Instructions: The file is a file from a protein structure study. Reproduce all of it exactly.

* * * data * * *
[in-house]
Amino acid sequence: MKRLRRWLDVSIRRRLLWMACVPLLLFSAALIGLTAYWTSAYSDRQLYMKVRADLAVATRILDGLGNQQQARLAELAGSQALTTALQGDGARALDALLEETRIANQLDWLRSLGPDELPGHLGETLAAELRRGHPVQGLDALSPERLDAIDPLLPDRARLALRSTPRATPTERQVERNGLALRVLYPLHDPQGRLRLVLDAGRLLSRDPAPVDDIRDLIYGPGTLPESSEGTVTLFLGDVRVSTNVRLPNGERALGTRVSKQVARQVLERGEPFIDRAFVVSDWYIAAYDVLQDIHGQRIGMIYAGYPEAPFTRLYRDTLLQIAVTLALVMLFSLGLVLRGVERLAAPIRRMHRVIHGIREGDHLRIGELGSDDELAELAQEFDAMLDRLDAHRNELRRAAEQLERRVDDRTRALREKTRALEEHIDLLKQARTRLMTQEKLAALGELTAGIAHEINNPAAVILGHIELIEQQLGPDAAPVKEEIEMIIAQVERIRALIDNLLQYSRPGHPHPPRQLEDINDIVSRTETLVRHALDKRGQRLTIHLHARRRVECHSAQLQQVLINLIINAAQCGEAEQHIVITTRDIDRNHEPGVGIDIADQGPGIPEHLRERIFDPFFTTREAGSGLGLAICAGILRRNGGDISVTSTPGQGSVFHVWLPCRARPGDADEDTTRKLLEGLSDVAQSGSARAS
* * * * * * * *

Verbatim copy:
[in-house]
Amino acid sequence: MKRLRRWLDVSIRRRLLWMACVPLLLFSAALIGLTAYWTSAYSDRQLYMKVRADLAVATRILDGLGNQQQARLAELAGSQALTTALQGDGARALDALLEETRIANQLDWLRSLGPDELPGHLGETLAAELRRGHPVQGLDALSPERLDAIDPLLPDRARLALRSTPRATPTERQVERNGLALRVLYPLHDPQGRLRLVLDAGRLLSRDPAPVDDIRDLIYGPGTLPESSEGTVTLFLGDVRVSTNVRLPNGERALGTRVSKQVARQVLERGEPFIDRAFVVSDWYIAAYDVLQDIHGQRIGMIYAGYPEAPFTRLYRDTLLQIAVTLALVMLFSLGLVLRGVERLAAPIRRMHRVIHGIREGDHLRIGELGSDDELAELAQEFDAMLDRLDAHRNELRRAAEQLERRVDDRTRALREKTRALEEHIDLLKQARTRLMTQEKLAALGELTAGIAHEINNPAAVILGHIELIEQQLGPDAAPVKEEIEMIIAQVERIRALIDNLLQYSRPGHPHPPRQLEDINDIVSRTETLVRHALDKRGQRLTIHLHARRRVECHSAQLQQVLINLIINAAQCGEAEQHIVITTRDIDRNHEPGVGIDIADQGPGIPEHLRERIFDPFFTTREAGSGLGLAICAGILRRNGGDISVTSTPGQGSVFHVWLPCRARPGDADEDTTRKLLEGLSDVAQSGSARAS